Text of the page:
Students send big message to troops
Every semester, the small group of students in Herbert Hoover High School's National Honors Society has a meeting to sit down and decide what to do for a service project.
There are a lot of important things that they could do but, inevitably, a number of them don't strike the right chord: food drives and toy drives are great, but the school has done them before. Lots of projects offer help on a national scale, but the kids like to keep it local.
This year, after a brainstorming session, the group gravitated toward a project to benefit military troops serving overseas.
Originally, they thought they would just buy a bunch of greeting cards to send to the troops, but soon it became more involved.
"They really wanted to do something different," said Heather Lyons, a teacher at Herbert Hoover and the National Honors Society adviser.
They wanted to do something that would have a lot of impact, she said, and they wanted to get the whole school involved.
There are probably ways to do that that don't involve shepherding some 800 people onto a football field and into a complicated pattern, but the kids didn't want to do any of them.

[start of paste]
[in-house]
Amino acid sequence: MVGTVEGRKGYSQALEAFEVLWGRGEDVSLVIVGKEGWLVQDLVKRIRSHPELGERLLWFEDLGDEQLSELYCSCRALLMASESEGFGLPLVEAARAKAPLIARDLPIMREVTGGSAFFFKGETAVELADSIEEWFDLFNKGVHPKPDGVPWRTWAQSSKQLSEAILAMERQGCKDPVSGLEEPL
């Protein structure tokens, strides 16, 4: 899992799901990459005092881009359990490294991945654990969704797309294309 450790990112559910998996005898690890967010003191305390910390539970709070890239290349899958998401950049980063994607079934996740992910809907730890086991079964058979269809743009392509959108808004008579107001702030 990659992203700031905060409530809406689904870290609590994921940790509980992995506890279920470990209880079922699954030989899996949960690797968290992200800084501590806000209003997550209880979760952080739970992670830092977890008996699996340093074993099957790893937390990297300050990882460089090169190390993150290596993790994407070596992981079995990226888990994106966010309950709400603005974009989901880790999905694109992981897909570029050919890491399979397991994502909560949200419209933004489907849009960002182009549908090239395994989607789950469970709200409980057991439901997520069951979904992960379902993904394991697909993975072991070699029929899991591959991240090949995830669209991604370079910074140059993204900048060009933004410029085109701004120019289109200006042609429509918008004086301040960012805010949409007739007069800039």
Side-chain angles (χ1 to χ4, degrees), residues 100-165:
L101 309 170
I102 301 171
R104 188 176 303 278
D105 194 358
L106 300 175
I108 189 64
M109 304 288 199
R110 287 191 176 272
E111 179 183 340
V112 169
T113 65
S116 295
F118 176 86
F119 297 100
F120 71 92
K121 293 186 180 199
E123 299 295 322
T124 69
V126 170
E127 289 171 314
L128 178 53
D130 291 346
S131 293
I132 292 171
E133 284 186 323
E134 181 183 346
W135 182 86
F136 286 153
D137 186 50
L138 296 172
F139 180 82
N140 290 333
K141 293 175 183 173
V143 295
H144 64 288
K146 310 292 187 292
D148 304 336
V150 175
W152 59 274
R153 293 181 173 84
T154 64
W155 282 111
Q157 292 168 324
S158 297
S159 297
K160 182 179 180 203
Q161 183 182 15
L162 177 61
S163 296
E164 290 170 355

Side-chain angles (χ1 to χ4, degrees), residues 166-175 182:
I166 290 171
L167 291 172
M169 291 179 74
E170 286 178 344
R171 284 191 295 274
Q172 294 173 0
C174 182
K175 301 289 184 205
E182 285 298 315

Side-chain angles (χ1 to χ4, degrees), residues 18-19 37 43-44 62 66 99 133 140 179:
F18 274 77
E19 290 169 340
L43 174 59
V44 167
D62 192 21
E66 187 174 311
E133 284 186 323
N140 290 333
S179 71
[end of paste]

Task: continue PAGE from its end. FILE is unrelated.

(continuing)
The group decided to have postcards made specifically for their purposes, and let every student in the school sign one. For the front of the cards, they envisioned a photo that would include the entire student body.
"They were really excited about it," Lyons said. "And I think they realized how important it was to say 'thank you' and to do it in a fun way."
They orchestrated a move to get the school - all of the students, faculty and staff - to gather on the football field, in clumps of people that form the letters HHHS (for Herbert Hoover High School). That's 800 people.
"It was a little tricky," Lyons said.
The end result pares the photo with a message wishing service members a "safe and happy holiday."
Students were given a card to personalize and sign before sending. Lyons said the cards were filled with well-wishes and holiday greetings, but that some of the students went well beyond that, telling the service members about their own plans to serve or their personal connections with the military.
"A lot of them have a family member who is in a branch of the service, they know someone, they have classmates," Lyons said. "I think it really hit home for them."
Contact writer Shay Maunz at email@example.com or 304-348-4886.